Friday, July 23, 2010

Well if MSNBC reported it, it's official...

The big thinking in condos now is to get small
Urban dwellers get by in new projects where 600 square feet is spacious

Source: http://www.msnbc.msn.com/id/38097923/ns/business-real_estate/

Image: Cubix condominiums
Olga Soboleva
The 98-unit Cubix condominiums in San Francisco start at 250 square feet and top out at 350. The building is about two-thirds sold.
by Jane Hodges
msnbc.com contributor
updated 7/8/2010 12:20:49 PM ET

Alexandra Gorbokon, a 26-year old public relations executive, has made an offer on her first home, a condo in downtown Chicago. She’s looking forward to eliminating her one-hour commute to and from the suburbs and filling her newfound free time with a better gym habit, enjoying her new neighborhood, and serving on a board in her building.

She’s a little less excited about squeezing her stuff into her new home’s tiny 600 square foot space. But she acknowledges that, at her age and with her modest $150,000 home price limit, living in a small space is a minor tradeoff for access to an urban lifestyle.

“I’m a little concerned about the size. I think it’s easy to grow out of this sort of space,” she says. “But I wanted to live in the city while I was still young.”

Gorbokon’s attitude about real estate is typical of her generation’s, says John McIlwain, a senior fellow for housing at The Urban Land Institute in Washington D.C. McIlwain says many new in-city condo and apartment buildings are offering smaller footprints to satisfy not only downsizing Baby Boomers but, especially, members of Generation Y who are moving out of dorms and parents' places and setting up their own households. Generation Y, he says, views a home’s location as more important than its size. They may also see living small and in-city as an environmentally responsible lifestyle.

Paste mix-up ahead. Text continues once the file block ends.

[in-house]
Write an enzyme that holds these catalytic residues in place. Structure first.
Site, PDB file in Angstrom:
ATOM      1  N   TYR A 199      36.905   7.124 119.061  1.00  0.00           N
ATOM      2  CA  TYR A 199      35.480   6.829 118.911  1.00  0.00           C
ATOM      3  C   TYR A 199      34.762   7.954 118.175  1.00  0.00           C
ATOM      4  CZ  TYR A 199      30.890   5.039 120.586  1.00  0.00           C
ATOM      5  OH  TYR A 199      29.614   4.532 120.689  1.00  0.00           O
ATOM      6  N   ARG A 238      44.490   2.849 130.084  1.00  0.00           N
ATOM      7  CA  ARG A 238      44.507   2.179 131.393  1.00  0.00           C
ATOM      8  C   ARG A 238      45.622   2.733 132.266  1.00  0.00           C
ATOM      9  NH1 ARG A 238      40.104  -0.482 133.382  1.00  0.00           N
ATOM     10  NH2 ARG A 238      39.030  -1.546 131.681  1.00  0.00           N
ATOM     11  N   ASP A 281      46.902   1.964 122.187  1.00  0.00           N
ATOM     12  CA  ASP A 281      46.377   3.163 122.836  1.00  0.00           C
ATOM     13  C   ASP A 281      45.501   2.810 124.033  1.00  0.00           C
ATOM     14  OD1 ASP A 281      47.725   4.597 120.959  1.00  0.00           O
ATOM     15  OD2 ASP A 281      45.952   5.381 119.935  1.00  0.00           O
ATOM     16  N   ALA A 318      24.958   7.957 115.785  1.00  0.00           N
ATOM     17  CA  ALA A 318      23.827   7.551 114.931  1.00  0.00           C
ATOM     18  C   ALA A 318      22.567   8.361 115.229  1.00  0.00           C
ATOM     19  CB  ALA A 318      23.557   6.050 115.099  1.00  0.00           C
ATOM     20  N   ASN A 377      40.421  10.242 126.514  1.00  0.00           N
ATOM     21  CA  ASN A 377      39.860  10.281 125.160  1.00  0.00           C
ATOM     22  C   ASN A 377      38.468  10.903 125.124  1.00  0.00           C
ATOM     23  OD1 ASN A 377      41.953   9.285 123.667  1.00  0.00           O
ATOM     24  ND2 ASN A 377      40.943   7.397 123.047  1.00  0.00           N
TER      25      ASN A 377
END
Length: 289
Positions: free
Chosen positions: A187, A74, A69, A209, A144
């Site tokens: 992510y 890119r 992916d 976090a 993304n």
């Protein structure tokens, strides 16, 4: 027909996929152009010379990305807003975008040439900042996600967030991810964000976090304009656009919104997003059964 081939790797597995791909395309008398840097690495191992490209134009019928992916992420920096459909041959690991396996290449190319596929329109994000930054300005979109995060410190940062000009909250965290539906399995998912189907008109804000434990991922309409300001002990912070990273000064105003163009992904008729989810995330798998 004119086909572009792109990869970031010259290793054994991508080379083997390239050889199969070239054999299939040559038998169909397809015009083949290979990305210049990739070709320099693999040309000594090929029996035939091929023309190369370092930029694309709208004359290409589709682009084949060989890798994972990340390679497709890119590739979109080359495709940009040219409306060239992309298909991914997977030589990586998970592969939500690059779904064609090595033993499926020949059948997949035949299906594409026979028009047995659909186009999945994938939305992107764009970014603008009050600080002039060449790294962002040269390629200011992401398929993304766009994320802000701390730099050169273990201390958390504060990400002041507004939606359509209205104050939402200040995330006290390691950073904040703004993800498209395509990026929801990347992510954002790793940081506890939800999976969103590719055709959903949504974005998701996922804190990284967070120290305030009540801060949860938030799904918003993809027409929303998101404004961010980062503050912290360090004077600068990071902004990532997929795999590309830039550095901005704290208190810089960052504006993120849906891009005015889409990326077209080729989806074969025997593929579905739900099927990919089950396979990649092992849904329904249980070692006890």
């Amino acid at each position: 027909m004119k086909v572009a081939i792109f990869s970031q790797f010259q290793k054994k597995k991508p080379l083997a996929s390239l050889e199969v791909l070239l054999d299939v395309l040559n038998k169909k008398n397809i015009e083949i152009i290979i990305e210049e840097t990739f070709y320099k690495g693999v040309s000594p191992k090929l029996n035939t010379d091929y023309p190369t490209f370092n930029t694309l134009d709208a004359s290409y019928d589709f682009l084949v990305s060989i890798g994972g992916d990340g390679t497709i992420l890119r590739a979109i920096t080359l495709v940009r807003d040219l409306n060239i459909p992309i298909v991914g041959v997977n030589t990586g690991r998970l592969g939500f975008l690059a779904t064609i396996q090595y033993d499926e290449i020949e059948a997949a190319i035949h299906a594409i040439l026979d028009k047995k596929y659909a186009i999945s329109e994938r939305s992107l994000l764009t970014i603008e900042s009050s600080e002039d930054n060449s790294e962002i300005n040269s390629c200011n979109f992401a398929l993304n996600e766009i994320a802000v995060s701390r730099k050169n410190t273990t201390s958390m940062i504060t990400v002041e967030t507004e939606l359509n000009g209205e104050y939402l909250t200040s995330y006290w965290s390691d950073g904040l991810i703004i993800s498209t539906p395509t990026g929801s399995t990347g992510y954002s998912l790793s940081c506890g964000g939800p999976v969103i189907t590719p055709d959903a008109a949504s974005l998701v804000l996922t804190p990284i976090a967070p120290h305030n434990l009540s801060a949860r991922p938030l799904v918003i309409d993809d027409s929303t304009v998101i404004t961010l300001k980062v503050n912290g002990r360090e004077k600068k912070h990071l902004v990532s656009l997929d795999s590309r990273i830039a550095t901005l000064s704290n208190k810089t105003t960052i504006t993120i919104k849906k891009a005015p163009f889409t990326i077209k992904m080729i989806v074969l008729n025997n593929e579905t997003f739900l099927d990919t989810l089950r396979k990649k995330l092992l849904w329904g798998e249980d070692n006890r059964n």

“For Gen Y, the home is a place to live out of, not to live in,” he says. “They don’t think of this as a sacrifice. It’s just their lifestyle.”

The 'new small'
So with this renter and buyer in mind, numerous condo and apartment developers around the country are designing new homes with square footages resembling — and even far less than — Gorbokon's new home.

“Based on our experience, while anything under 1000 square feet is considered small nationally, the ‘new small’ might really average out at somewhere around 500 square feet,” says Janel Laban, executive editor for the interiors blog Apartment Therapy, which runs an annual “Small Cool” decorating contest. “Quality of life, which is often strongly affected by location, trumps size every time.”

A brief survey of completed and forthcoming buildings shows that with small-space projects, the more expensive a city, the smaller its definition of “small.” While mellow Portland, Ore., boasts 520-square foot homes, San Francisco’s “small” ranges from 250 to 350 square feet. Vancouver, British Columbia is smallest of all: There, a building called Burns Block will next year start leasing 30 “micro-lofts” with 270-square feet of space and prices starting around $700 per month. The tiny lofts might offer more room than a basement or converted spare room. Vancouver recently passed rules allowing homeowners to rent out accessory units as small as 195 square feet, according to The National Post.